The Uber phenomenon is spreading fast all over the UK, with many cities kitting themselves out to provide the upgraded taxi service to customers. Apart from Uber, which seems to be the predominantly known taxi app, others include Gett, Hailo, Kabbee and CabWise. All these apps offer a similar service, with minor differences in how a customer is charged and availability in certain cities. However, CabWise merely informs you of the nearest taxi firms and offices and doesn’t actually book you a cab.
The novelty of app-based taxi services has increased in popularity due to the fact that they are quick, easy and most of all, cheap. Even though the service comes with a long list of pros for customers, it’s proving to be detrimental to the taxi driving industry.
Pre-booking is becoming redundant with the rise of the mobile taxi app, as the service is location enabled, meaning taxis are programmed to the app so you can see how many taxis are in your area in real time. This means that you will be allocated a vehicle that is close to you and will often get to you in a matter of minutes.
No need to hail. Traditionally, unless you’ve pre-booked, customers have to hail taxis on the street which can become an inconvenience in bad weather. Customers can order their cab with a few clicks within seconds from the comfort of a sheltered space without having to squint for an available taxi light.
No need for cash! A big problem that people face when taking a taxi is that they may be short on cash and there might not be a safer mode of transportation available. Some taxi drivers will oblige in stopping to find a cash machine as not many vehicles are equipped with a card payment machine.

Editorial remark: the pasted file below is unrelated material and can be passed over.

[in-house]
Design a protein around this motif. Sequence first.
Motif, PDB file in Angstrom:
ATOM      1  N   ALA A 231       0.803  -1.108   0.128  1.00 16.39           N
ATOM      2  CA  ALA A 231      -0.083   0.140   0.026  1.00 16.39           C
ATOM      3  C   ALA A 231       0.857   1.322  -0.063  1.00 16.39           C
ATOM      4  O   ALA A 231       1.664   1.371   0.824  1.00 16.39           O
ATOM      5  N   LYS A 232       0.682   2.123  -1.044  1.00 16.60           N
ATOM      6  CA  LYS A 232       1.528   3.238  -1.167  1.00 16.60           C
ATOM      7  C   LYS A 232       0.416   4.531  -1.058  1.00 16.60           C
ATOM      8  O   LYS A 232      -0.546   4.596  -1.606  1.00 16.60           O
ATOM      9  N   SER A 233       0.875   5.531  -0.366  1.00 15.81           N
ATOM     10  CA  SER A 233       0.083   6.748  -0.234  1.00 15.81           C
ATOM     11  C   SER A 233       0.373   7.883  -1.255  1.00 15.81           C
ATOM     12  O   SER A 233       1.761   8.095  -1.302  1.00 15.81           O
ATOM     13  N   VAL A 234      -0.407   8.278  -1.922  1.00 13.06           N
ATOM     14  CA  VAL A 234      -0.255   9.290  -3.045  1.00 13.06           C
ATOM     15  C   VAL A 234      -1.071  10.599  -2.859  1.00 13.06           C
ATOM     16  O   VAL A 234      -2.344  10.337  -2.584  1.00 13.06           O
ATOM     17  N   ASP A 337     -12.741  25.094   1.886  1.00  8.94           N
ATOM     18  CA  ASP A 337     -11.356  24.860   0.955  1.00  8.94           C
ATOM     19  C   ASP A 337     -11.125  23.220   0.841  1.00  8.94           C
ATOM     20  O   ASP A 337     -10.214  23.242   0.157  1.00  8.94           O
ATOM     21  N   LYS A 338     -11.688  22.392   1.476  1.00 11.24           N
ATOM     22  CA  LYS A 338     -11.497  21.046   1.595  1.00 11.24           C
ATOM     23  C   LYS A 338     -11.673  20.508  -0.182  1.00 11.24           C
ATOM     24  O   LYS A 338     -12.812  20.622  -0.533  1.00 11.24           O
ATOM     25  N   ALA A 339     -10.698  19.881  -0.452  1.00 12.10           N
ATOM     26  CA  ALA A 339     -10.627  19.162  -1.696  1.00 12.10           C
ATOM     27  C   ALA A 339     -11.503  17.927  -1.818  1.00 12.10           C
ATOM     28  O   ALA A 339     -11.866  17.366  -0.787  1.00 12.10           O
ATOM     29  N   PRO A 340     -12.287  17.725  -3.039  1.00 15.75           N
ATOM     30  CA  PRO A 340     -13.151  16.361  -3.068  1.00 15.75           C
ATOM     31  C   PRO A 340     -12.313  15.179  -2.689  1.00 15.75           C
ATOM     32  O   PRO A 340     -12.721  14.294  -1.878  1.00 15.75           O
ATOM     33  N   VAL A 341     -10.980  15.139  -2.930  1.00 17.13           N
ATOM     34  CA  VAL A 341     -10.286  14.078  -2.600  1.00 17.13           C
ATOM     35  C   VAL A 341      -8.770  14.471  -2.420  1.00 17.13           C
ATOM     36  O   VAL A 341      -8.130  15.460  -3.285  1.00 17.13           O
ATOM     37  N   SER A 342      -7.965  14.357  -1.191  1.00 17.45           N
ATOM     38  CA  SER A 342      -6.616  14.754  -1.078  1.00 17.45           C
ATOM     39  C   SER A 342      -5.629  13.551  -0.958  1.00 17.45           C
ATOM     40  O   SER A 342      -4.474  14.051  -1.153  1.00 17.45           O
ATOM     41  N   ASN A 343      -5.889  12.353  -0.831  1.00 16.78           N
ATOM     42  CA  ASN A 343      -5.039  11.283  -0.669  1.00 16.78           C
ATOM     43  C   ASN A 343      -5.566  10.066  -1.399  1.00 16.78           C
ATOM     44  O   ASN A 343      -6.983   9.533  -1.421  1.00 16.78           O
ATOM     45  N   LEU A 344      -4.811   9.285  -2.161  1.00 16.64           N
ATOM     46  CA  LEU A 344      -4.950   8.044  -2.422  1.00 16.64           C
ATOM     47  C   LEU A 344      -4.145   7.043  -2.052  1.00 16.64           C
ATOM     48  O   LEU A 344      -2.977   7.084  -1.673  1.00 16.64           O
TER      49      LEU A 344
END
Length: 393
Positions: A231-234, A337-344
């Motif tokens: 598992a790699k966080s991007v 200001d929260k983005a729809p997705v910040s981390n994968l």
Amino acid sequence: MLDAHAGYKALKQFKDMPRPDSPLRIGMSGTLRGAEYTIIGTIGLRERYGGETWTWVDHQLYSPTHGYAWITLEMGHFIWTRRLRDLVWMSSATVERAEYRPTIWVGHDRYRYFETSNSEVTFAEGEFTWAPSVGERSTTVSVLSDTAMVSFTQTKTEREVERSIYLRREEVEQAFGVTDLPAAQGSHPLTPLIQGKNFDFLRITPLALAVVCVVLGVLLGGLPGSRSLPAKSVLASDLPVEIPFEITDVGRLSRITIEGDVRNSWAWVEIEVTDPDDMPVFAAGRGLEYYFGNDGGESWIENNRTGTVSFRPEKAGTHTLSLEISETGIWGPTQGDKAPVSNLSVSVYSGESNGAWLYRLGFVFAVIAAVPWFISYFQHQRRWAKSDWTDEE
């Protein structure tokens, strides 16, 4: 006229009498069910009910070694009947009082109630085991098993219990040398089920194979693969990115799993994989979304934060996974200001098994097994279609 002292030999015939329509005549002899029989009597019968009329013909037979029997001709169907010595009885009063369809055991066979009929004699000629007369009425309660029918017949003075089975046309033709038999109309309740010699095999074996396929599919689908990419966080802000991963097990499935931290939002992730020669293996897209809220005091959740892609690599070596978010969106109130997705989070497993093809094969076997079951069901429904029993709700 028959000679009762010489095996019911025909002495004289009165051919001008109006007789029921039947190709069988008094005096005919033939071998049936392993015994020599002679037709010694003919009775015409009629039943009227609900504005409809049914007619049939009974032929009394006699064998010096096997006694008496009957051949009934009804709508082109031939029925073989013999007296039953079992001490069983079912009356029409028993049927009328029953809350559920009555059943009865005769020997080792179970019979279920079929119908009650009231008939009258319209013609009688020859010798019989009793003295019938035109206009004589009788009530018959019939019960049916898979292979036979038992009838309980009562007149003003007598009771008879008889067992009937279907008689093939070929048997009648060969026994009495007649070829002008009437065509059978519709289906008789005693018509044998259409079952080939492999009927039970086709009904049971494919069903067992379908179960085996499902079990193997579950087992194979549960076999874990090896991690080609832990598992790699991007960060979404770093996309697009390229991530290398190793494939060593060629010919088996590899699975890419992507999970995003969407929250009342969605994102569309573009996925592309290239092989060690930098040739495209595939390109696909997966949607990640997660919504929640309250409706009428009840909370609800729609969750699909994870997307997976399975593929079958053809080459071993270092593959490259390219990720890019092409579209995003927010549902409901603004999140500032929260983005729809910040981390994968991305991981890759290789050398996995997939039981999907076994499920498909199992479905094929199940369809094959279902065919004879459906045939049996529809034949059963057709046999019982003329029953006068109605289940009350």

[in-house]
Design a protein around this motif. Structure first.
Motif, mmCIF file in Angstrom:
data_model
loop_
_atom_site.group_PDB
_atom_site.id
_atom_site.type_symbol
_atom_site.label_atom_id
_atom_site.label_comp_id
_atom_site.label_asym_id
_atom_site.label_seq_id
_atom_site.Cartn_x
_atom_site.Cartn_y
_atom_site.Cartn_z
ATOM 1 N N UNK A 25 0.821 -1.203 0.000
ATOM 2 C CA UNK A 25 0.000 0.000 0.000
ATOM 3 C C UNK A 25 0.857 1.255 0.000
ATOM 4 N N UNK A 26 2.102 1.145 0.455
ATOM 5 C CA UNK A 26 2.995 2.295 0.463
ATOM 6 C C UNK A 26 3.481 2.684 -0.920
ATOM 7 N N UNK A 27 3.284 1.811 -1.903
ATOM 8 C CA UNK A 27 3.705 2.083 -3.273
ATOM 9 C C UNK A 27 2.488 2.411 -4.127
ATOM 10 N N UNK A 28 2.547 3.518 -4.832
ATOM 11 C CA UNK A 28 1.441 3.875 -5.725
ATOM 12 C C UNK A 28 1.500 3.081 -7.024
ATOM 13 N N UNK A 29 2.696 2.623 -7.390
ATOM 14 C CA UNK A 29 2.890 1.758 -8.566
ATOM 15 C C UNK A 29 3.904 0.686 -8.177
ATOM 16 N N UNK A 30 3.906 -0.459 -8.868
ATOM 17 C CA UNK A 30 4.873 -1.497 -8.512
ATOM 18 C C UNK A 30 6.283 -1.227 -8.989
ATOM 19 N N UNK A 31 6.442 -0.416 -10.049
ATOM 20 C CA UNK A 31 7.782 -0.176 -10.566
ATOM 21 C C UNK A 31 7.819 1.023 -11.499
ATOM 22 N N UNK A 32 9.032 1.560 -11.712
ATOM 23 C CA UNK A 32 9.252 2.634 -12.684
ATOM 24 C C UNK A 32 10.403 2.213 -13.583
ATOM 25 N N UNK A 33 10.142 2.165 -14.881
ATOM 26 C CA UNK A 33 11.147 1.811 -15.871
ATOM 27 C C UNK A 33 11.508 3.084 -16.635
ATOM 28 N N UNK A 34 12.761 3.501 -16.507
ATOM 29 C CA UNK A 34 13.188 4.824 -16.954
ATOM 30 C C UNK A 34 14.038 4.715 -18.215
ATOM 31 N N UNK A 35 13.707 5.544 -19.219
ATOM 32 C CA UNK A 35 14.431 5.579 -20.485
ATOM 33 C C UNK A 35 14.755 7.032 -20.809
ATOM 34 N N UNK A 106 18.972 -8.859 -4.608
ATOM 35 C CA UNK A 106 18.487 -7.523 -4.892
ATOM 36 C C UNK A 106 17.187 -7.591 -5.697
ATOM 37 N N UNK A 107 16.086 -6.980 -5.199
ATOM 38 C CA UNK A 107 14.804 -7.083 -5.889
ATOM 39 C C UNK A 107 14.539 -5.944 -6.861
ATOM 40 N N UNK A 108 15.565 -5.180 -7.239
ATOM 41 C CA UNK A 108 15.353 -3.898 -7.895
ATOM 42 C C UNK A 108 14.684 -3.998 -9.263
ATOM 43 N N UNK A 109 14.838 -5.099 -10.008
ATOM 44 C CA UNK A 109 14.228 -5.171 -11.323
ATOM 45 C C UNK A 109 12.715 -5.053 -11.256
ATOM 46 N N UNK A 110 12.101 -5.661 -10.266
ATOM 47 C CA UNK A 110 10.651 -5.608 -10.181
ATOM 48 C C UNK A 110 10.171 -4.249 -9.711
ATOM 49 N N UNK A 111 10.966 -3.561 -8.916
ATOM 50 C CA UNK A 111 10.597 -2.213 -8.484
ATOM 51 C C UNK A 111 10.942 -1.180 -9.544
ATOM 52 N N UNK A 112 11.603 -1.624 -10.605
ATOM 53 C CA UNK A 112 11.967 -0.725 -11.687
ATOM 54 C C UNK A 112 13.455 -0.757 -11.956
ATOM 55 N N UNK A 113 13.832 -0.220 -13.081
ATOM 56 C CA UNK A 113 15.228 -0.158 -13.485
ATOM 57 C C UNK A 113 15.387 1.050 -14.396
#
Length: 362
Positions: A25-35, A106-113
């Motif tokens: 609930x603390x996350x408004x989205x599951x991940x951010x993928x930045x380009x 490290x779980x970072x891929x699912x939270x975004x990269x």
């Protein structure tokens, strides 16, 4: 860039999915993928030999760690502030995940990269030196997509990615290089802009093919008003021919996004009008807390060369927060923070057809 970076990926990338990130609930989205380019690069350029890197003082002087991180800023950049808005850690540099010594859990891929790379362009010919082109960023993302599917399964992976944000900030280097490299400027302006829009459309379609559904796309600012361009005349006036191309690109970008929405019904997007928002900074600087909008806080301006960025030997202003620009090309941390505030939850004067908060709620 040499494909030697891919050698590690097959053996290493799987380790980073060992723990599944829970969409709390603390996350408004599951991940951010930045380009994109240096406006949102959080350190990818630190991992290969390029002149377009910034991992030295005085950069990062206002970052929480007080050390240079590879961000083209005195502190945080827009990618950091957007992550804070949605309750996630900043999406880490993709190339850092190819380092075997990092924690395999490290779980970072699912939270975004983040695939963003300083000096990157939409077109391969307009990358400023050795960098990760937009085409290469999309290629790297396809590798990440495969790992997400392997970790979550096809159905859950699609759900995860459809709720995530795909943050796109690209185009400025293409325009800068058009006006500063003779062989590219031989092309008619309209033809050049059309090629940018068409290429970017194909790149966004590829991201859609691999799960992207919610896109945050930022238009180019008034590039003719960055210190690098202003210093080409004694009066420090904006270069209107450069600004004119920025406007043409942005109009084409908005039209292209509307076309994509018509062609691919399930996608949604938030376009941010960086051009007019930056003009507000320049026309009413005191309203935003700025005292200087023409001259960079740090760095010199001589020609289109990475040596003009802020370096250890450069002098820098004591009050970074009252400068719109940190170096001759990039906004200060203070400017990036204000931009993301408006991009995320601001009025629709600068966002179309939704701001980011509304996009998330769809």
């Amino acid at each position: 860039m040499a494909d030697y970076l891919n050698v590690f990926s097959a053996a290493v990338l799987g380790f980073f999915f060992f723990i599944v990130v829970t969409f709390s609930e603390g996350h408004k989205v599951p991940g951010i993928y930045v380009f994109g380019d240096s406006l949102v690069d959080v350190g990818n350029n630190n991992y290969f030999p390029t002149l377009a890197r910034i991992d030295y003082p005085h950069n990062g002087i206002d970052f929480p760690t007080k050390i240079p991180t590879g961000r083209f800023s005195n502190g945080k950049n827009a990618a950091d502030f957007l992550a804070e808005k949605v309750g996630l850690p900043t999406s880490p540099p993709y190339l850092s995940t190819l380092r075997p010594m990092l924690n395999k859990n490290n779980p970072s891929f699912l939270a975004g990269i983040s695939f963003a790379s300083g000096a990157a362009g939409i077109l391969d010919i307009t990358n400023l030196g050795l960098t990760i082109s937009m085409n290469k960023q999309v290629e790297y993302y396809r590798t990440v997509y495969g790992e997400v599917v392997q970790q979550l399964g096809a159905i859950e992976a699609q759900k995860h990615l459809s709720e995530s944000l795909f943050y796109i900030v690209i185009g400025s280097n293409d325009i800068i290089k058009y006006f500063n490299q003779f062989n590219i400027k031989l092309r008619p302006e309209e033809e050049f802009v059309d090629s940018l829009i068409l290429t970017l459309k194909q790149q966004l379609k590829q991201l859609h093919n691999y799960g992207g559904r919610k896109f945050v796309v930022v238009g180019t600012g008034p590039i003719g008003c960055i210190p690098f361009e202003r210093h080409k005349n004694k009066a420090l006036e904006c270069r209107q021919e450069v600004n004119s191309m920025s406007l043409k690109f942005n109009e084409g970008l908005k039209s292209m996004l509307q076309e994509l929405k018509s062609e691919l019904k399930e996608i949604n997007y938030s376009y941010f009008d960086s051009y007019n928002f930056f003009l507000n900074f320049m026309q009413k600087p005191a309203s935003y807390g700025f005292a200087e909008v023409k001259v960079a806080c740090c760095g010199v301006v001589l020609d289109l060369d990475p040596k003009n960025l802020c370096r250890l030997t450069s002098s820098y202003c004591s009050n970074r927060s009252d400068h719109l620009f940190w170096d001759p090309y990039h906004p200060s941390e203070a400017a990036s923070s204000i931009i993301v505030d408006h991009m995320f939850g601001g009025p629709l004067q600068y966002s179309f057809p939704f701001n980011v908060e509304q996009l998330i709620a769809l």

Most taxi-apps however deal with card-only payments, which also avoids the possibility of not having enough cash due to traffic waiting times, plus the time it takes to park up and make a mad dash for the hole in the wall.
Bad for business. The main drawback to app-based taxi services is that they’re destroying the taxi industry. The major way which these apps compete with each other is through lowering their prices, which means the original black cab and self-employed taxi drivers are losing out.
This means that existing taxi drivers have to drop their prices considerably and work longer hours in order to make their desired profit. This causes a knock-on effect of other drawbacks too, as working longer hours can lead to tired drivers, which in turn could jeopardise the safety of both the driver and their passengers.
GPS vs Knowledge. When you book a taxi through a taxi firm, you’re pretty much guaranteed a local driver who knows the city roads like the back of their hand. This is not always the case with Uber drivers who may be less familiar with the local area. As we’ve discussed in a recent blog, GPS isn’t always trustworthy, and getting lost is bad for customers and drivers alike.
I spent what?! During busy periods, taxi services boost their rates, but Uber’s surge pricing has bordered on extreme and the average price of a journey can sometimes double or triple when cabs are in high demand. This can leave people feeling slightly irked when they take a look at their bank account the following morning.